activating the first group of switches responsive to the first part of the digital code;

distributing the first charge responsive to the first group of activated switches;

generating the first potential responsive to the distributed first charge;

receiving a second part of the digital code in the second sub-section;

activating the second group of switches responsive to the second part of the digital code;

distributing the second charge responsive to the second group of activated switches; and

generating the second potential responsive to the distributed second charge; and

wherein outputting the digital bit includes comparing the first and the second potential.

Preferably, the first part of the digital code is substantially an inverse of the second part of the digital code.

Preferably, the first group of capacitors includes a bias capacitor adapted to incorporate a bias level into the first potential, and the first group of switches includes a bias switch adapted to activate the bias capacitor.

Preferably, at least one of the first and second sub-sections includes one or more dummy circuit elements, so that at least some electrical properties of the first and second sub-sections are substantially similar.

The present invention will be more fully understood from the following detailed description of the preferred embodiments thereof, taken together with the drawings, in which:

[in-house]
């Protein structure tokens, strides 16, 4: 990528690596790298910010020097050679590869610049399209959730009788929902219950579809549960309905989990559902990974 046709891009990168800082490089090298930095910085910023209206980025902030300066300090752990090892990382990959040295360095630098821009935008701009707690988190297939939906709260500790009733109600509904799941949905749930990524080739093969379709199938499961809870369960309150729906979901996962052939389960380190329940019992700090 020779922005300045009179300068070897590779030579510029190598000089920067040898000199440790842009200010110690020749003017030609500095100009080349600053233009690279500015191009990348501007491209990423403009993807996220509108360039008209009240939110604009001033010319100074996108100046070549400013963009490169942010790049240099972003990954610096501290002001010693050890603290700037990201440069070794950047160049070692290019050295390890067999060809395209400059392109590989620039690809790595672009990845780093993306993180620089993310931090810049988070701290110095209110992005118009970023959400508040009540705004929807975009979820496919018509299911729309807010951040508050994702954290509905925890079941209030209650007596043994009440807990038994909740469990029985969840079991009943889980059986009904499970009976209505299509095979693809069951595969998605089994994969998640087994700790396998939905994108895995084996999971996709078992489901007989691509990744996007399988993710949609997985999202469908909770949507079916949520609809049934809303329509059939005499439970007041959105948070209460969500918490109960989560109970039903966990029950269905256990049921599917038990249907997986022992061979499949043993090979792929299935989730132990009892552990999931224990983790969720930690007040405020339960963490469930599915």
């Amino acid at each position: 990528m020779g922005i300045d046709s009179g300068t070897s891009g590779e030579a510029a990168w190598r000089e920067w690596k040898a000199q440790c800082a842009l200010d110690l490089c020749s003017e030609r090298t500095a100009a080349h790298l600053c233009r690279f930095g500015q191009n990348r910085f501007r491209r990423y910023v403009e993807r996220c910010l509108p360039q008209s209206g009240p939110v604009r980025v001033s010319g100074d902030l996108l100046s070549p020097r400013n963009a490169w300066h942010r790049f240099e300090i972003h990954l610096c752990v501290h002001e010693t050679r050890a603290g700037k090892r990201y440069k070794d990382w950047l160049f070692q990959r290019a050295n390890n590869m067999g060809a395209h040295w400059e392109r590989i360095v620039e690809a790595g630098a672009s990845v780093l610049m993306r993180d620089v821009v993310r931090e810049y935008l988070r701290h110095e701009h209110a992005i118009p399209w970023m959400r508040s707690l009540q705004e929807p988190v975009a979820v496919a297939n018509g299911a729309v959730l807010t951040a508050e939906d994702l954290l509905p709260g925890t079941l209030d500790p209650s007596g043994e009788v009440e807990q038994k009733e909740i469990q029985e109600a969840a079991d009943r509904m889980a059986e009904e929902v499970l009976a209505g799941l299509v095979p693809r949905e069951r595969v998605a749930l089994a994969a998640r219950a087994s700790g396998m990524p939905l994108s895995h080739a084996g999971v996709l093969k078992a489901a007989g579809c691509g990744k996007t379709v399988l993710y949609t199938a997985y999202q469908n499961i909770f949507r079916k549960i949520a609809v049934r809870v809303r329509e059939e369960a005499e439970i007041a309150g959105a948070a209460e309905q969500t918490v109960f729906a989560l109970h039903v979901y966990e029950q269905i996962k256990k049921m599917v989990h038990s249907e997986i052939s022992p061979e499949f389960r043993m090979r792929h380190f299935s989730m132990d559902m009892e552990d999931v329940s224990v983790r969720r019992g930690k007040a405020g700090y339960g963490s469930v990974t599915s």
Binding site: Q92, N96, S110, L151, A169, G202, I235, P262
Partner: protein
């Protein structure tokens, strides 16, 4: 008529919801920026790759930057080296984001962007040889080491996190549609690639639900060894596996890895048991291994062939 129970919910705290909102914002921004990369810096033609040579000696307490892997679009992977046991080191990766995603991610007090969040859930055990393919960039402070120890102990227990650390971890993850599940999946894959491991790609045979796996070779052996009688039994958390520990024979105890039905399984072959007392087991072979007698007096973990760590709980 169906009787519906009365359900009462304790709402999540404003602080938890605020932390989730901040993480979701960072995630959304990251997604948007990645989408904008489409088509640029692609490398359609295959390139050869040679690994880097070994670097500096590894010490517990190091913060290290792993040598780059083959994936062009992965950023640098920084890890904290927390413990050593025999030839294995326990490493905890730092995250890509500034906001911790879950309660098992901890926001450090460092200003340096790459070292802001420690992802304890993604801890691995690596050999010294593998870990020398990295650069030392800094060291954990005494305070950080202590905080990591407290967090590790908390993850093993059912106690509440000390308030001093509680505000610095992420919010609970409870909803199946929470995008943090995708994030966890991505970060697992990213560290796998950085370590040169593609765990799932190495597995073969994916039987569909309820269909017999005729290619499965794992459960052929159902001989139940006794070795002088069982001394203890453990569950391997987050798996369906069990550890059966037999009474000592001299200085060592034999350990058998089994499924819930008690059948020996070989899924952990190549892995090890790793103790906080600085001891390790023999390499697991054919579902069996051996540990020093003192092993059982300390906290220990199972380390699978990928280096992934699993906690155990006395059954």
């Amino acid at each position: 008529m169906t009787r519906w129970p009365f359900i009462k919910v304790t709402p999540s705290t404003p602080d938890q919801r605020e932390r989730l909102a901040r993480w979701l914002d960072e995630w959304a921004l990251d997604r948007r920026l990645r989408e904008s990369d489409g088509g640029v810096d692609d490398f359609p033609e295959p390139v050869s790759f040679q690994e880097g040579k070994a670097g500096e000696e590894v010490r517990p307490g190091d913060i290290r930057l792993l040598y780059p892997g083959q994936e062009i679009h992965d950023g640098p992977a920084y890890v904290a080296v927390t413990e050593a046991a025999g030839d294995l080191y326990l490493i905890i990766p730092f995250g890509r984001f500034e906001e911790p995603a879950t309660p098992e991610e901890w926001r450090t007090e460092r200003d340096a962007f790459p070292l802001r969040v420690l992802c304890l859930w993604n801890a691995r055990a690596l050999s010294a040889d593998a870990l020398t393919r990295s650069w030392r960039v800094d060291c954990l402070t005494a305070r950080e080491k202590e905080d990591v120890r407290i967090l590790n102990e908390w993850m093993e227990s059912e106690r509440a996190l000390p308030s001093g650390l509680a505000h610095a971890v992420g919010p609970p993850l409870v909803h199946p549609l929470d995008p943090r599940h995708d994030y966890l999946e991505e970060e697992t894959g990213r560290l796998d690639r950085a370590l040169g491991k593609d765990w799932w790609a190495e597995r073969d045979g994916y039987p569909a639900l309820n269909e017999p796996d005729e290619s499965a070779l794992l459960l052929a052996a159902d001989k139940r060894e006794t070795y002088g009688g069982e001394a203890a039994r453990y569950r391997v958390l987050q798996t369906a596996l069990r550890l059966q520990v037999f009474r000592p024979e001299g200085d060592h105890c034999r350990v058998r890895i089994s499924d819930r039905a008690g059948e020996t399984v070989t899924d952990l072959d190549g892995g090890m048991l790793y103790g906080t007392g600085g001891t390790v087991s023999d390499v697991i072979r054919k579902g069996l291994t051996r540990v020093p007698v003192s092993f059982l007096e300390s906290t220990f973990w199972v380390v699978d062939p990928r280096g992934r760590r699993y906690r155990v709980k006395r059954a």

BRIEF DESCRIPTION OF THE DRAWINGS

FIG. 1 is a schematic block diagram of an m-bit flash analog-to-digital converter (ADC), as is known in the art;

FIG. 2 is a schematic electronic diagram of a 3-bit ADC using a folded differential logic (FDL) architecture, and giving a Gray code output, as is known in the art;

FIG. 3 which is a schematic block diagram of a charge sharing 3-bit encoder, according to a preferred embodiment of the present invention;

FIG. 4A is a schematic electronic circuit of a least significant bit section of the encoder of FIG. 3, according to a preferred embodiment of the present invention;

FIG. 4B is a schematic equivalent circuit of the section of FIG. 4A, according to a preferred embodiment of the present invention;

FIG. 5A is a schematic electronic circuit of a BIT-1 section of the encoder of FIG. 3, according to a preferred embodiment of the present invention;

FIG. 5B is a schematic equivalent circuit of the section of FIG. 5A, according to a preferred embodiment of the present invention;

FIG. 6A is a schematic electronic circuit of a most significant bit section of the encoder of FIG. 3, according to a preferred embodiment of the present invention;